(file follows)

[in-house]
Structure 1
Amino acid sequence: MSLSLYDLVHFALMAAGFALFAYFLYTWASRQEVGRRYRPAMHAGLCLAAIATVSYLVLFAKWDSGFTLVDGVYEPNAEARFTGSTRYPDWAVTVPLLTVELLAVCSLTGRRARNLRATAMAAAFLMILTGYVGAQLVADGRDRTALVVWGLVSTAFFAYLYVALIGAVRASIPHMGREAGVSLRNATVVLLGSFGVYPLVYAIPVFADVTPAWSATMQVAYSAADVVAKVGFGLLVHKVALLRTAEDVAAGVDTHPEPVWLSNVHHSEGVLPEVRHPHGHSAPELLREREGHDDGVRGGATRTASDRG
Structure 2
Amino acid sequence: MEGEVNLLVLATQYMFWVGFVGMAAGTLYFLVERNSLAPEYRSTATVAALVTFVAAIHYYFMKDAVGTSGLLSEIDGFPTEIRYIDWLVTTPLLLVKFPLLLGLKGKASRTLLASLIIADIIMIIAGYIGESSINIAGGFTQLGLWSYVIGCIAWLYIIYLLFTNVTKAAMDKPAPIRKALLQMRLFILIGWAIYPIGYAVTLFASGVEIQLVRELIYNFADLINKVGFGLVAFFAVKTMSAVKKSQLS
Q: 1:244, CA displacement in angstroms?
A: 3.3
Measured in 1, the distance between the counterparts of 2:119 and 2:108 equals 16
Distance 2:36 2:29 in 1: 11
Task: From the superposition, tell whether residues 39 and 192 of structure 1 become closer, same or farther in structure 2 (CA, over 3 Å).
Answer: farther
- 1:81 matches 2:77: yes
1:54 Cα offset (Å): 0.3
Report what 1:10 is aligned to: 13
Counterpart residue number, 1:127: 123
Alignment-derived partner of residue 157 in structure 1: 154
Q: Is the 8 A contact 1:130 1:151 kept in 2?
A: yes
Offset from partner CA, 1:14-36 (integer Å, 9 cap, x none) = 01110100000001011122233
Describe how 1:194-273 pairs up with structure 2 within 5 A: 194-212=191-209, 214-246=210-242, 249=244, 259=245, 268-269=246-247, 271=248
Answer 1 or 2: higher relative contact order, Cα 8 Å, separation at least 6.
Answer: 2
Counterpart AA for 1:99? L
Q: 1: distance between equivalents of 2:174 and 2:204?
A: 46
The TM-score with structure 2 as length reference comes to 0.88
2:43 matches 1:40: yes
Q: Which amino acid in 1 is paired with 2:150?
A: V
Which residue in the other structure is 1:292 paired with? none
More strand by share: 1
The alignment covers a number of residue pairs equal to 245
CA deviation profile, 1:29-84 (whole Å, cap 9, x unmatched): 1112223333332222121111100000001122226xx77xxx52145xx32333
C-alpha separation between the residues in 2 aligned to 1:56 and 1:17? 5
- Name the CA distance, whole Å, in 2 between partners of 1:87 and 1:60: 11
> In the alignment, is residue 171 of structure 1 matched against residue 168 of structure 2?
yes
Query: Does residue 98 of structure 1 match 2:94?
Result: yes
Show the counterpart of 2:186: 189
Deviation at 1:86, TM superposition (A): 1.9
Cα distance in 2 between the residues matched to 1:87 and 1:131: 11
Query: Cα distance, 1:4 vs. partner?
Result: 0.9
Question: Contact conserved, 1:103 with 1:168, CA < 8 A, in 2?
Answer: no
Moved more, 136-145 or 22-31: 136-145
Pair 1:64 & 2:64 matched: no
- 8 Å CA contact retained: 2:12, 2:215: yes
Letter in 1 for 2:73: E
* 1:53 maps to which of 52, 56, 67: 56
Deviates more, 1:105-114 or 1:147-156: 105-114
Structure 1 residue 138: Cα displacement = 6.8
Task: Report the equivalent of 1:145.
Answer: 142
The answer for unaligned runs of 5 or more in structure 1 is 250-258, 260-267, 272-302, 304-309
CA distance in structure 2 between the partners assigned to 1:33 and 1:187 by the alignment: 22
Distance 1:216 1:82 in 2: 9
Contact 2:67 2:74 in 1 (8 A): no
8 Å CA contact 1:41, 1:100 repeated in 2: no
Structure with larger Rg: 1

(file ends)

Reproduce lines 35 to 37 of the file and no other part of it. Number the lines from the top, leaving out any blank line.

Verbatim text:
- Name the CA distance, whole Å, in 2 between partners of 1:87 and 1:60: 11
> In the alignment, is residue 171 of structure 1 matched against residue 168 of structure 2?
yes